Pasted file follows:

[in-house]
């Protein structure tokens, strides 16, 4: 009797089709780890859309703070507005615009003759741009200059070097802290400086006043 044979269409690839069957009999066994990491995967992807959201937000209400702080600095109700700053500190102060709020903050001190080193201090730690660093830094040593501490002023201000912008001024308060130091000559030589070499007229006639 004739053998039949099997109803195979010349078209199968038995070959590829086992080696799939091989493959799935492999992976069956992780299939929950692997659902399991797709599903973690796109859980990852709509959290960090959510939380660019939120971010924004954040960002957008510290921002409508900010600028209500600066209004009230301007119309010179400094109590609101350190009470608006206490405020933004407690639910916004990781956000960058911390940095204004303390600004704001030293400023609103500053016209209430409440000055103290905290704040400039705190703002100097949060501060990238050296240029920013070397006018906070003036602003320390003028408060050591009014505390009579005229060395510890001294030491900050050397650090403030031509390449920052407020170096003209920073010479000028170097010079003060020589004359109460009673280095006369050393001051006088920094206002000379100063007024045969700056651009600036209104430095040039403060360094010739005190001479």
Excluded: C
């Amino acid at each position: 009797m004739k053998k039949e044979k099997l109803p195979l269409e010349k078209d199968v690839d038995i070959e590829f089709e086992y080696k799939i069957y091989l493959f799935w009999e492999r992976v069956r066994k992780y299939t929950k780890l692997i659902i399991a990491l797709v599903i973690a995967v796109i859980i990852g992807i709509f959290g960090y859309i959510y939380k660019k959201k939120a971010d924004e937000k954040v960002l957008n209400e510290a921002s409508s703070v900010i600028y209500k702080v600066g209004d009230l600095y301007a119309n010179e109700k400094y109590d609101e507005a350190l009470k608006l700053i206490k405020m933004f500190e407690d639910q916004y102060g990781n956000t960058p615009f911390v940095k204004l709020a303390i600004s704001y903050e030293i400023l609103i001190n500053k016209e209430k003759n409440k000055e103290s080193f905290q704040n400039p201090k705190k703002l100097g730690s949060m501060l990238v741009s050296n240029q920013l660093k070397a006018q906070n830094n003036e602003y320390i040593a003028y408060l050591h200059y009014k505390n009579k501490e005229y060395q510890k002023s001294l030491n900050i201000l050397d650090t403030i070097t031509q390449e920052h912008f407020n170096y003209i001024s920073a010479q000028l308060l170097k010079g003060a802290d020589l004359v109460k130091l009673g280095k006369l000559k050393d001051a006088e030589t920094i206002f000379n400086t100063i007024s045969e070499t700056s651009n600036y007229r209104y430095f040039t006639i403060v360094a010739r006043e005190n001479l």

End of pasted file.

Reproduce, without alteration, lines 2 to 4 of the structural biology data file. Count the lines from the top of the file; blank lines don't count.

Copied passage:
């Protein structure tokens, strides 16, 4: 009797089709780890859309703070507005615009003759741009200059070097802290400086006043 044979269409690839069957009999066994990491995967992807959201937000209400702080600095109700700053500190102060709020903050001190080193201090730690660093830094040593501490002023201000912008001024308060130091000559030589070499007229006639 004739053998039949099997109803195979010349078209199968038995070959590829086992080696799939091989493959799935492999992976069956992780299939929950692997659902399991797709599903973690796109859980990852709509959290960090959510939380660019939120971010924004954040960002957008510290921002409508900010600028209500600066209004009230301007119309010179400094109590609101350190009470608006206490405020933004407690639910916004990781956000960058911390940095204004303390600004704001030293400023609103500053016209209430409440000055103290905290704040400039705190703002100097949060501060990238050296240029920013070397006018906070003036602003320390003028408060050591009014505390009579005229060395510890001294030491900050050397650090403030031509390449920052407020170096003209920073010479000028170097010079003060020589004359109460009673280095006369050393001051006088920094206002000379100063007024045969700056651009600036209104430095040039403060360094010739005190001479």
Excluded: C
């Amino acid at each position: 009797m004739k053998k039949e044979k099997l109803p195979l269409e010349k078209d199968v690839d038995i070959e590829f089709e086992y080696k799939i069957y091989l493959f799935w009999e492999r992976v069956r066994k992780y299939t929950k780890l692997i659902i399991a990491l797709v599903i973690a995967v796109i859980i990852g992807i709509f959290g960090y859309i959510y939380k660019k959201k939120a971010d924004e937000k954040v960002l957008n209400e510290a921002s409508s703070v900010i600028y209500k702080v600066g209004d009230l600095y301007a119309n010179e109700k400094y109590d609101e507005a350190l009470k608006l700053i206490k405020m933004f500190e407690d639910q916004y102060g990781n956000t960058p615009f911390v940095k204004l709020a303390i600004s704001y903050e030293i400023l609103i001190n500053k016209e209430k003759n409440k000055e103290s080193f905290q704040n400039p201090k705190k703002l100097g730690s949060m501060l990238v741009s050296n240029q920013l660093k070397a006018q906070n830094n003036e602003y320390i040593a003028y408060l050591h200059y009014k505390n009579k501490e005229y060395q510890k002023s001294l030491n900050i201000l050397d650090t403030i070097t031509q390449e920052h912008f407020n170096y003209i001024s920073a010479q000028l308060l170097k010079g003060a802290d020589l004359v109460k130091l009673g280095k006369l000559k050393d001051a006088e030589t920094i206002f000379n400086t100063i007024s045969e070499t700056s651009n600036y007229r209104y430095f040039t006639i403060v360094a010739r006043e005190n001479l």